The work of Geophysical Institute Research Assistant Professor Guido Grosse and colleagues has been spotlighted by the American Geophysical Union. Grosse is the lead author of “Vulnerability of high-latitude soil organic carbon in North America to disturbance,” a comprehensive investigation into climate change impacts on soil carbon storage in the far north appearing in the Journal of Geophysical Research Biogeosciences, Vol. 116.
Selected out of several research pieces compiled for the journal’s special issue focusing on different disturbances to the carbon cycle, the article is the focus of the Editors’ Highlight:
“The authors defined two broad classes of external forces that may accelerate and intensify in a warming Arctic: "pulse" impacts, described as one-off extreme events, and "press" impacts, slow but persistent change in an environmental parameter. They found that permafrost thawing and changes in the regional hydrologic regime are the most important press forces, with previous research suggesting that up to 20 [percent] of permafrost will turn to being only seasonally frozen by 2100. For pulse forces, the authors identified wildfires and rapid thawing of icy permafrost as the most important. In the past 60 years the strength, frequency, and area affected by wildfires have all increased, a trend that is expected to continue into the future.”
The multi-agency initiative focuses on the vulnerability of soil carbon pools within the North America Carbon Program. The article integrates many research projects under an overarching framework, with all of the research looking at carbon cycling and the effects of change in arctic tundra and boreal forest regions, Grosse said.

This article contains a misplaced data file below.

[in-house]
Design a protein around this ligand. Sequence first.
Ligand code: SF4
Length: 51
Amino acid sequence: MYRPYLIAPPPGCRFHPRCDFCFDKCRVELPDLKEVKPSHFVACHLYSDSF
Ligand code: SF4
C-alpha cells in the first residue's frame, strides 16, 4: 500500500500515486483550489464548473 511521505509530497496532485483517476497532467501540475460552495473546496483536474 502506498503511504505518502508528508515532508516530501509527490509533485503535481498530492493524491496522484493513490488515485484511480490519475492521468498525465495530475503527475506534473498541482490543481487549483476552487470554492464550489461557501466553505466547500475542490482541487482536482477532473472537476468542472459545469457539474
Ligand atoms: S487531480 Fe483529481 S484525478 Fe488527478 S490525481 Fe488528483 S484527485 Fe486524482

Since the journal volume’s release in late July, Grosse’s collaborative research has been tracked as one of the most accessed articles for the last 30, 60 and 90 days according to JGR’s website, indicating the strong interest of the science community in northern soil carbon dynamics. In addition to JGR Biogeoscience, Grosse and colleagues will also be featured in an upcoming issue of EOS as a Research Spotlight, an ongoing column in the AGU weekly newspaper.
The full Editors’ Highlight is here: http://www.agu.org/cgi-bin/highlights/highlights.cgi?action=show&doi=10.1029/2010JG001507&jc=jg
Full article here: http://www.agu.org/journals/jg/jg1103/2010JG001507/
EOS online here: http://www.agu.org/pubs/eos-news/